Uneasy Samsung, LG
Korean tech giants welcome Sony’s new restructuring plans
By Kim Yoo-chul
Samsung and LG Electronics have shown mixed feelings over the current business troubles of Japan’s Sony.
Because the Tokyo-based Sony is still one of the top partners for the Korean companies, which buys ``billions of dollars worth’’ of components, the firms are closely monitoring any possible impact of Sony’s drastic restructuring plans of its key businesses.
``Well, we aren’t entirely happy to see the ongoing troubles about Sony’s hardware-focused businesses, as Sony is still one of our top clients. Samsung wants Sony to recover soon,’’ said a high-ranking Samsung executive, asking not to be identified.
Until 2010, Sony was Samsung’s top client but Apple emerged as Samsung’s biggest customer from last year. In 2010, Sony bought some $5.3 billion worth of parts, according to Samsung Electronics.
Samsung was selling flat-screens and memory chips such as advanced mobile DRAMs and NAND flashes for use in Sony’s BRAVIA-branded televisions and smartphones.
``As Samsung has been making money by selling our parts to clients, business struggles of our competitors aren’t good. We have mixed feelings about Sony,’’ the executive stressed.
In terms of market value, Samsung is 10 times greater than Sony, while Apple, is 30 times larger than the Japanese firm, according to market research firms.
As part of a desperate restructuring plan, Sony has terminated its long-time partnership with Samsung in its flat-screen joint venture that had been maintained since 2004.
Sony’s decision sounds reasonable for itself, however, it was also a blow to Samsung, which lost a stable customer for flat-screens.
``That’s why Samsung has higher hopes for the new Sony CEO Kazuo Hirai’s business strategy to revive its electronics business. If Sony does well, then that’s a good for Samsung, too,’’ said another Samsung executive.
The situation isn’t much different for LG Electronics and its flat-screen affiliate LG Display, as Sony has emerged as a ``big help’’ to push LG’s in-house film patterned retarder (FPR) 3D technology.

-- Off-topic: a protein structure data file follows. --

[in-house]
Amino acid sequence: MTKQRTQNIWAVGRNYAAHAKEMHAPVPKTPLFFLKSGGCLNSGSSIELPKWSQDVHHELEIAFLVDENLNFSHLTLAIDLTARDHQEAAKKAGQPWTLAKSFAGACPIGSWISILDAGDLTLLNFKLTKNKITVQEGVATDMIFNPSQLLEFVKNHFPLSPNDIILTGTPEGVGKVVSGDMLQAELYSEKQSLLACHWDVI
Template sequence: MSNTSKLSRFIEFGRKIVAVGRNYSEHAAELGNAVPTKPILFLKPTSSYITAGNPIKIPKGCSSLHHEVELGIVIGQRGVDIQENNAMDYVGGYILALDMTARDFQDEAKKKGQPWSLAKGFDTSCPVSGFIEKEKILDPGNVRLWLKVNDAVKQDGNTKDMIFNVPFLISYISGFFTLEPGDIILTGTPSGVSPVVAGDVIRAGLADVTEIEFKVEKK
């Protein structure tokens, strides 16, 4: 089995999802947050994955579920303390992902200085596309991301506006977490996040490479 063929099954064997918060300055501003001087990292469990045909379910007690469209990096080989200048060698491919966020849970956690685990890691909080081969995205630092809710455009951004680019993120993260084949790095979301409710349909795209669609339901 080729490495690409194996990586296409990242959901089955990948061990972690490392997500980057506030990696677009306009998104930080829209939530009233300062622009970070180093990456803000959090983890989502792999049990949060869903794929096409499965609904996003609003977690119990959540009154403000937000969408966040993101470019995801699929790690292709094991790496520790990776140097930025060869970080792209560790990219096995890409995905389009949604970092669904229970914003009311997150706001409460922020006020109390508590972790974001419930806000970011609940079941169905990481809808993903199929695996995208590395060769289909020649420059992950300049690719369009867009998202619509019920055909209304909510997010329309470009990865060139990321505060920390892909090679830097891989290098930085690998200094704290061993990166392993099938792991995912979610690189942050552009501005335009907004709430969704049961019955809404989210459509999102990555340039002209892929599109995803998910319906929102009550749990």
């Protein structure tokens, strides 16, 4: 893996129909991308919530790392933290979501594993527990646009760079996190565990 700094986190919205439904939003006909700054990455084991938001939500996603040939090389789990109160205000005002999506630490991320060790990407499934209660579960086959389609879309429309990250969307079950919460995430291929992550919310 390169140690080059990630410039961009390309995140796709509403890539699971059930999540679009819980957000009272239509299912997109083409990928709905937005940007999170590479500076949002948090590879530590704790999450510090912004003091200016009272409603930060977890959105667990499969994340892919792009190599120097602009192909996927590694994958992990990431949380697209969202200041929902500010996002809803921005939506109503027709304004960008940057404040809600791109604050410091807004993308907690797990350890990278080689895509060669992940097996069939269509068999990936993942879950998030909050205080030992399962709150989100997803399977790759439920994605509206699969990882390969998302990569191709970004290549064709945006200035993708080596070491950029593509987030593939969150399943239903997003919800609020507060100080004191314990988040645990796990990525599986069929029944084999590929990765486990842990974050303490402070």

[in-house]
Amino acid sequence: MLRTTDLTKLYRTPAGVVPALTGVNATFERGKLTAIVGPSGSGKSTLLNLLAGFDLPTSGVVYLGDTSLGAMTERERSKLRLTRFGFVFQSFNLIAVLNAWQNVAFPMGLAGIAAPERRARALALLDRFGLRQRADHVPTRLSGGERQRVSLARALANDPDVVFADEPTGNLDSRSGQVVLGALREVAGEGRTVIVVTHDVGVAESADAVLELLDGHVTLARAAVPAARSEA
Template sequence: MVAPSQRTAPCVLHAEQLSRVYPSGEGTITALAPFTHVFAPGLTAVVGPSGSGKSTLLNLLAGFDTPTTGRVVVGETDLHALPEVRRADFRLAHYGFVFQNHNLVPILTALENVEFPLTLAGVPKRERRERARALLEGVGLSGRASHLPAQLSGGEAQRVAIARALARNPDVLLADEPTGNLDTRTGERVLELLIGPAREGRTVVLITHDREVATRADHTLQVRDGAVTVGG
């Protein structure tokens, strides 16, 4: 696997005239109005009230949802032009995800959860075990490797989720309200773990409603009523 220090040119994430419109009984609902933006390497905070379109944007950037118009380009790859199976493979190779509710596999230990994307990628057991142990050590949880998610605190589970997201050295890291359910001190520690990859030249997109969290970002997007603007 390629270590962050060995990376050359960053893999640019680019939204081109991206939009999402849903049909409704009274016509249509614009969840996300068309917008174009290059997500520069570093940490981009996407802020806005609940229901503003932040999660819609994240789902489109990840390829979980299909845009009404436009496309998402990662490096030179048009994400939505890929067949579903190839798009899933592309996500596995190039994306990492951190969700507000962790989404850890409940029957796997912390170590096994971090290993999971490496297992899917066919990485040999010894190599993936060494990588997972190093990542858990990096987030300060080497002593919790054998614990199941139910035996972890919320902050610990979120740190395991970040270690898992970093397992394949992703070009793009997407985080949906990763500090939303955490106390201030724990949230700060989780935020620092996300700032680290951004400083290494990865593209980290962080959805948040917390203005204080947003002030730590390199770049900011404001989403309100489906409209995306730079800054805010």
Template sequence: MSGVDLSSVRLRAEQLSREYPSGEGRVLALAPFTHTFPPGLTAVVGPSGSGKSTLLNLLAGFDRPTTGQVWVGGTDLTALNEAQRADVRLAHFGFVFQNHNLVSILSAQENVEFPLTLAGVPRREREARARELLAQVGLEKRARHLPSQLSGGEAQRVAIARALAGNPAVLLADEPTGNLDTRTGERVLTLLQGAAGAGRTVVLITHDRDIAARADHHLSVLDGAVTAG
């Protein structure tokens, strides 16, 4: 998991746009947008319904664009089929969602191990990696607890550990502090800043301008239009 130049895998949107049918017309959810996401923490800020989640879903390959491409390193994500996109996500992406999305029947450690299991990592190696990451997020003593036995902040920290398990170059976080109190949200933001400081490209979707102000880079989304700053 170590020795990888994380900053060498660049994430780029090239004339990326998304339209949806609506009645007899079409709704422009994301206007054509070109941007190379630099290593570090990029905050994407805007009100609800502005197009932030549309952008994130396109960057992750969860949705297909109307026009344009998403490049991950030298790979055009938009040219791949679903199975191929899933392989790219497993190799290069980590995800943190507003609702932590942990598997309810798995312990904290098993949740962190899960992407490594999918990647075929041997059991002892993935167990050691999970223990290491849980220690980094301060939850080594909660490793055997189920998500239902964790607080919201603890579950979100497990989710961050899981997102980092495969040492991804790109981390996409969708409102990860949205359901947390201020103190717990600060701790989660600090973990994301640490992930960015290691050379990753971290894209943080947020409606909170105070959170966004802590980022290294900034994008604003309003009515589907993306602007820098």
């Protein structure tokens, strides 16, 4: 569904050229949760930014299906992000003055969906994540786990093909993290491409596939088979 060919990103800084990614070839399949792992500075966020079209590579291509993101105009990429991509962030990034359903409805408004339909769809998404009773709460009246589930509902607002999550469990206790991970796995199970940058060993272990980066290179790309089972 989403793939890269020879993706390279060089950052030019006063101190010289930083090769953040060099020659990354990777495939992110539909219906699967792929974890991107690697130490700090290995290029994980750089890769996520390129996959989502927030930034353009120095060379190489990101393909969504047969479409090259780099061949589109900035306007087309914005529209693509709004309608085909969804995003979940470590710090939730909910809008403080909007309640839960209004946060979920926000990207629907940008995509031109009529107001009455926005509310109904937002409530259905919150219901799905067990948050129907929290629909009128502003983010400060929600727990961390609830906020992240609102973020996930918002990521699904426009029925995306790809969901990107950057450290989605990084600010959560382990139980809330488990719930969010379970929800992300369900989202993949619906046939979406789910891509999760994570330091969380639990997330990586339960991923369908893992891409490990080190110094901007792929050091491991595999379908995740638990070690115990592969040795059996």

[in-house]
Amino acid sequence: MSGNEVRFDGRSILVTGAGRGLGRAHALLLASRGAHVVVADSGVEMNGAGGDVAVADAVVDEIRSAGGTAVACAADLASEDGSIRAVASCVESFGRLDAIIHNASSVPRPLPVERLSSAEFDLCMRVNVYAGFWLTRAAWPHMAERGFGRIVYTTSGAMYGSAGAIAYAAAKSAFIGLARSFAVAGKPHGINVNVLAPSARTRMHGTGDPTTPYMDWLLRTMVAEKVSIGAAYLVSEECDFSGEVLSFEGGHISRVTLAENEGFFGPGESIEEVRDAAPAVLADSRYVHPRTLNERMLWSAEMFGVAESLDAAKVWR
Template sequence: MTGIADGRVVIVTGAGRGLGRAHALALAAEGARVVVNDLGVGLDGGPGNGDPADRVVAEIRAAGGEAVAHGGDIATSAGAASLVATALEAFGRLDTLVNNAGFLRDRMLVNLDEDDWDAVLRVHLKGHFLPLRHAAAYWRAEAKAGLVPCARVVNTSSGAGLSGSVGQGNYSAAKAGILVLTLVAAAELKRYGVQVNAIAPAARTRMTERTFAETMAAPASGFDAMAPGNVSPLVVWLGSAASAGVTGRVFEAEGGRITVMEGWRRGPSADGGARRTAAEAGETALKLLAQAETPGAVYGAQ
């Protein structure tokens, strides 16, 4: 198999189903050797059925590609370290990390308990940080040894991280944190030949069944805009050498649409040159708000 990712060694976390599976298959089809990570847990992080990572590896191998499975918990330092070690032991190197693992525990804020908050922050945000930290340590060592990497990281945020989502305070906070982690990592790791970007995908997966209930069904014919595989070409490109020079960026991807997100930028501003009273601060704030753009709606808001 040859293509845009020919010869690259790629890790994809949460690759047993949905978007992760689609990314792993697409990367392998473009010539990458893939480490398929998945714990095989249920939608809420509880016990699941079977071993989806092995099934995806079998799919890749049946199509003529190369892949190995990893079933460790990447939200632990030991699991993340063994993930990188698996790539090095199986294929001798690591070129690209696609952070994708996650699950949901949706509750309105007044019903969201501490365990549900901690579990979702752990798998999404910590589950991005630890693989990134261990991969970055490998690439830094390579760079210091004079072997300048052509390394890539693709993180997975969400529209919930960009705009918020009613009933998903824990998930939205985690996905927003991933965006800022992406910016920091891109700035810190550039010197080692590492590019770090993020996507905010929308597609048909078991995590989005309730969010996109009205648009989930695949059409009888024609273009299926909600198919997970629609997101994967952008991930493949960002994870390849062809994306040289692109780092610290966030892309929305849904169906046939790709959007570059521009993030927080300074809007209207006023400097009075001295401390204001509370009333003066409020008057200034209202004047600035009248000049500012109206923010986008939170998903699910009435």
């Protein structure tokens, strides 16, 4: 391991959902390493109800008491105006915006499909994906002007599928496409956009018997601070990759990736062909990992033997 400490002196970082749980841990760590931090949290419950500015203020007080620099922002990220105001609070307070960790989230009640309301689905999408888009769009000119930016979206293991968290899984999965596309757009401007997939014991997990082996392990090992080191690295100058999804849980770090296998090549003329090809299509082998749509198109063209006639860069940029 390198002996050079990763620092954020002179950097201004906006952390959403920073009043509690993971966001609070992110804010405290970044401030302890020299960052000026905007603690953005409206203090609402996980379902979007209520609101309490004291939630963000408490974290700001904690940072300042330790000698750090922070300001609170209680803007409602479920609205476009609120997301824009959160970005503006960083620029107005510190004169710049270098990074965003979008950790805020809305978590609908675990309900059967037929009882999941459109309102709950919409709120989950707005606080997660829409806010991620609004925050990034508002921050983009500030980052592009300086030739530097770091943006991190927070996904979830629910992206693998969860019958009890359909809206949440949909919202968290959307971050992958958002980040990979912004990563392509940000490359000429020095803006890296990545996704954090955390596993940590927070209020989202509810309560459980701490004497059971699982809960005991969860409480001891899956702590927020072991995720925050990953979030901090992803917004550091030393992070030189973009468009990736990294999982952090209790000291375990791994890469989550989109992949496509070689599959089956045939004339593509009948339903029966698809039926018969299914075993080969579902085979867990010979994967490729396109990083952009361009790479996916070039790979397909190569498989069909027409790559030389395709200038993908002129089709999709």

Ties between LG and Sony are stronger as Sony is releasing more of its 3D TV sets equipped with the LG solution in key markets such as China.
LG Display has been boosting its shipments of FPR 3D screens to Sony as the cash-strapped Japanese TV maker is relying on the technology, departing from its previous dependence on Samsung’s battery-powered 3D technology.
``While Panasonic and Sony had been strong advocates for Samsung’s battery-powered 3D technology, their ailing TV businesses are forcing both companies to adopt the cheaper FPR 3D solution from LG. For LG, Sony’s recovery is vital to further proliferate its 3D solutions,’’ said a high-ranking official.
Sony’s production of more 3D TVs using the LG solution is ``significant’’ as Japanese TV makers account for over 30 percent of global 3D demand, according to LG. ``We will find ways to help Sony,’’ said the unnamed official.
The FPR 3D technology developed by LG uses inexpensive 3D glasses and delivers flicker-free, as well as brighter 3D visuals. However, the drawbacks include narrower horizontal viewing angles and visible black scan lines at shorter viewing distances.
``Anyhow, We are not happy about Sony’s struggles and we welcome Hirai’s attempts to turnaround its TV business,’’ he said.
Hirai said he was committed to strengthening the company's mainstay electronics business ― which includes digital cameras, games and smartphones ― by concentrating investment and technological development in this division.
Sony aims to boost its share of overall company sales to 70 percent annually through March 2015 from the current 60 percent.
Through cutting fixed and operating costs, Sony will make its TV business, which has lost money for eight straight years, profitable again by the fiscal year through March 2014.
``The consumer electronics industry is growing via fierce competition as followers are trying to catch up with leaders by releasing advanced products. Samsung Electronics was late in smartphones, however, Samsung is now the sole competitor with Apple in smartphones and tablets after the Korean company experienced setbacks from the iPhone shock,’’ said Lim Dol-yi, an analyst at Solomon Investment.
Samsung said it expects to earn 5.8 trillion won in the first quarter of the year as operating profit. Some 70 percent of this was from Samsung’s smartphone business.
``By competing with each other, markets for smartphones and tablets expanded. If Sony makes a comeback earlier than expected, then that’s also good for Samsung and LG,’’ Lim said.